Galium aparine. Cleavers.

Nat. Ord. — Rubiaceae. Sex. Syst. — Tetrandria Monogynia.

The Herb.

Description. — This plant has many common names, as Goose-grass, Catch -weed, Bed-straw, etc. ; it is an annual, succulent plant, with a weak, procumbent, quadrangular, retrorsely-prickled stem, which grows from two to six feet long, and is hairy at the joints. The leaves are one or two inches in length, and two or three lines in width, verticillate in sixes, sevens, or eights, linear-oblanceolate, nearly sessile, mucronate, tapering to the base, rough on the margins and midvein ; peduncles axillary, one or two-flowered. Flowers white, small, numerous, scattered. Calyx four-toothed ; corolla rotate, four-parted ; stamens four, short ; styles two. Fruit large, bristly with hooked prickles.

History. — This plant is common to Europe and the United States, growing in cultivated grounds, moist thickets, and along fences and hedges, and flowering from June to September. Its root consists of a few hair-like fibers, of a reddish color. There are several varieties of this plant, all of which possess similar medicinal virtues, as Galium Asprellum, or Pointed Cleavers, which differs from the above in having its leaves in whorls of four or six, and smaller, its fruit smooth, its stem less in length, and is perennial ; Galium Verum, or Yellow Bed-straw, with an erect stem, leaves in whorls of eight, root long, perennial, fibrous, flowers densely paniculate, yellow, and terminal ; Galium Trifidum or Small Cleavers, with a perennial root, decumbent stem, herb smaller than the others, leaves in fours or fives, and white flowers.

In the green state these plants have an unpleasant odor, but are inodorous when dried, with an acidulous, astringent, and bitter taste. Cold or warm water extracts the virtues of the plants; boiling destroys them. They have not been analyzed. The roots dye a permanent red, and the plant when eaten by animals, colors the bones similar to madder. The flowers are said to curdle milk, but this property is not constant.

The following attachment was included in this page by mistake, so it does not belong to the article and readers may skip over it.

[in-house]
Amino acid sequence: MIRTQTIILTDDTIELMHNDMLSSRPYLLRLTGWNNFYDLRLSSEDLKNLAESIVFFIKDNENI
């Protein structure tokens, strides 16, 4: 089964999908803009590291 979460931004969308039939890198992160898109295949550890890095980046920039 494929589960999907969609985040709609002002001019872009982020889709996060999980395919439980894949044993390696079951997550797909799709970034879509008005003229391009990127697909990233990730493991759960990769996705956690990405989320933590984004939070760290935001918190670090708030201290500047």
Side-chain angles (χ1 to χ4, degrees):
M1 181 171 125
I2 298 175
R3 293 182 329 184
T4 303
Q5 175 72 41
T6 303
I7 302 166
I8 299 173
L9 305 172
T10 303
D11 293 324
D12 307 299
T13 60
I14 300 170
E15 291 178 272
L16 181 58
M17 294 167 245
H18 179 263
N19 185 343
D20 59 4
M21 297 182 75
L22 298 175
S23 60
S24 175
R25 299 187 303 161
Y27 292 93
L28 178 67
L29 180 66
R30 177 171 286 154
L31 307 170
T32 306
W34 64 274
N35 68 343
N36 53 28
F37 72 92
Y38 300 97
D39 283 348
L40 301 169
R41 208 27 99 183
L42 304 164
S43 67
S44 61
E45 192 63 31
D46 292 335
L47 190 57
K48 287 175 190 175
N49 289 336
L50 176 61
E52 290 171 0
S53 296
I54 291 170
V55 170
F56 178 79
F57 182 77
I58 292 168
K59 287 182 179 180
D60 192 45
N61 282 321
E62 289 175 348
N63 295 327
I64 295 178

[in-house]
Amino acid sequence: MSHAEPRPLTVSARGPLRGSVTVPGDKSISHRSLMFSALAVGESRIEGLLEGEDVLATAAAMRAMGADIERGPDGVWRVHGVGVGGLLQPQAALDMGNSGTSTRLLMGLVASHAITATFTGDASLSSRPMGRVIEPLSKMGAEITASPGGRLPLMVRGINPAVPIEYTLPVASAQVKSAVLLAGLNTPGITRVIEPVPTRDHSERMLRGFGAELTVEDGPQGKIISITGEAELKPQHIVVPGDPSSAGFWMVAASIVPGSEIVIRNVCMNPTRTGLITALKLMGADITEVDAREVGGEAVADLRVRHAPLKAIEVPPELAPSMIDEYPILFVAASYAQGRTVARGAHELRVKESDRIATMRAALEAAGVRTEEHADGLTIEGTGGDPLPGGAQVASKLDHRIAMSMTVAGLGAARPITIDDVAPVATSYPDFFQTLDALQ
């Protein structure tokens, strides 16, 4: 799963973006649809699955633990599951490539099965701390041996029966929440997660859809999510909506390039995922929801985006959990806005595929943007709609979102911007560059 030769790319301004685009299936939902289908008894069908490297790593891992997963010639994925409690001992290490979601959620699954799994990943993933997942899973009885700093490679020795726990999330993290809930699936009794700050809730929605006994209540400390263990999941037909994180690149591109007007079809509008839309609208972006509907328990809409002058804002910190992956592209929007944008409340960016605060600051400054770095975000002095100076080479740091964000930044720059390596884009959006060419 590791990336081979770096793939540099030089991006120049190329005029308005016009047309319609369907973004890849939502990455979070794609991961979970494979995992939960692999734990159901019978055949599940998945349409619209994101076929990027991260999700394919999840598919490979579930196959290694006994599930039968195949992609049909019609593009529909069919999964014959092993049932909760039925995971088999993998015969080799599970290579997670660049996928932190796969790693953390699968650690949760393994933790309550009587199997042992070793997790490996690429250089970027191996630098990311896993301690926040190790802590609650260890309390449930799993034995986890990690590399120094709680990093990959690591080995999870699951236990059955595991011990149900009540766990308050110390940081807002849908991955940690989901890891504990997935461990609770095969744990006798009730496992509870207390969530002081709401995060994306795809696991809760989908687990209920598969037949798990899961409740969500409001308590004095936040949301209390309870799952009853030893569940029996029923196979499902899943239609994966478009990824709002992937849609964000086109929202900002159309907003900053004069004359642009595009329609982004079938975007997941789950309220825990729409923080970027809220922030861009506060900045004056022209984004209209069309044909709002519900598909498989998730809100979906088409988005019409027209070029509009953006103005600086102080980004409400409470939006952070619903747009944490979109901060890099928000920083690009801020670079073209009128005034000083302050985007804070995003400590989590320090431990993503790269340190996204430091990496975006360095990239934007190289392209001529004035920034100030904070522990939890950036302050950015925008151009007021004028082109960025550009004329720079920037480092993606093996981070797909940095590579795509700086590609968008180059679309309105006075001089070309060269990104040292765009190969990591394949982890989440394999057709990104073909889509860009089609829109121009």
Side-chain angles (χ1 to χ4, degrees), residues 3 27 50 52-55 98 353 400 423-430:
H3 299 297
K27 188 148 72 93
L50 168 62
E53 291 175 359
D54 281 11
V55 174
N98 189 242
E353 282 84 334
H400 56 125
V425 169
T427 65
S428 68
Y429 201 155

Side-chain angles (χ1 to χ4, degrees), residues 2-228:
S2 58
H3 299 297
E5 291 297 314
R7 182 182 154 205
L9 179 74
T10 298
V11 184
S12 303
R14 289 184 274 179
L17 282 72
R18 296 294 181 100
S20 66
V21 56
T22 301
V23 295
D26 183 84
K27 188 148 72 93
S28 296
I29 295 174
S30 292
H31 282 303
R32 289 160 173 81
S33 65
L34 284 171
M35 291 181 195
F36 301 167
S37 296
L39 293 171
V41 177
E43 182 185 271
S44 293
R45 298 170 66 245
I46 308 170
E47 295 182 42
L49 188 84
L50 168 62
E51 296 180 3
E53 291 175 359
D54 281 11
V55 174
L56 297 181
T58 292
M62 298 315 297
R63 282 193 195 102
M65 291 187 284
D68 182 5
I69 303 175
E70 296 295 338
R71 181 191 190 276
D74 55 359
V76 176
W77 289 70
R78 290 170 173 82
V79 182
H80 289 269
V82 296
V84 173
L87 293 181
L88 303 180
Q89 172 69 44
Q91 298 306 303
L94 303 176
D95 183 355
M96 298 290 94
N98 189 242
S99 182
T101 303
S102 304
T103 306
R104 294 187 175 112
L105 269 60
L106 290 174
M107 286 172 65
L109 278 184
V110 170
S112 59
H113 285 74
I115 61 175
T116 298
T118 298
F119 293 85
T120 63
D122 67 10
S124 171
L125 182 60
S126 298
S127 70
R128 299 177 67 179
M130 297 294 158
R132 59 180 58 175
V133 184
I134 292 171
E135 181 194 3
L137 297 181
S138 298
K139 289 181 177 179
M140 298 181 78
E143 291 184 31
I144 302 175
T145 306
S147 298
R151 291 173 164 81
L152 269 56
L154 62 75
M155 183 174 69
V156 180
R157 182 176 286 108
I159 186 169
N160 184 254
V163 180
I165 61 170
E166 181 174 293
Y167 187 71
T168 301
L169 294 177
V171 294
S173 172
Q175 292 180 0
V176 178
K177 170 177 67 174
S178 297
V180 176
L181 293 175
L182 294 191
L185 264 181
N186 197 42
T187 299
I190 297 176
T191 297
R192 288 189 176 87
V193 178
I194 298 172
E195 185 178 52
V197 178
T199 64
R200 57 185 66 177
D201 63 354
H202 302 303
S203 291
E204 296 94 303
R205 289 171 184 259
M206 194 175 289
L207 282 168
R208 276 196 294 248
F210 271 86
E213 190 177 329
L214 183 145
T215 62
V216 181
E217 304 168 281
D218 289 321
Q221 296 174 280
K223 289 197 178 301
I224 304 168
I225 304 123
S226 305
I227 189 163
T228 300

Properties and Uses. — This is another remedy of the Eclectic school of medicine, the virtues of which are unknown to allopaths. It is a most valuable refrigerant and diuretic, and will be found very beneficial in many diseases of the urinary organs, as suppression of urine, calculous affections, inflammation of the kidneys and bladder, and in the scalding of urine in gonorrhea. It is contra-indicated in diseases of a passive character, on account of its refrigerant and sedative effects on the system, but may be used freely in fevers and all acute diseases. It has been recommended in scorbutic and nervous affections, but cannot be depended upon. An infusion may be made by macerating an ounce and a half of the herb in a pint of warm water for two hours, of which from two to four fluidounces may be given three or four times a day, when cold. It may be sweetened with sugar or honey. Equal parts of cleavers, maidenhair, and elder-blows, macerated in warm water for two or three hours, and drank freely when cold, form an excellent drink in acute erysipelas, scarlatina, and other exanthematous diseases, in their inflammatory stages.

The infusion made with cold water is also considered very beneficial in removing freckles from the face, likewise lepra, and several other cutaneous eruptions ; the diseased parts must be washed with it several times a day, and continued for two or three months in cases of freckles.

Off. Prep. — Infusum Galii.

The American Eclectic Dispensatory, 1854, was written by John King, M. D.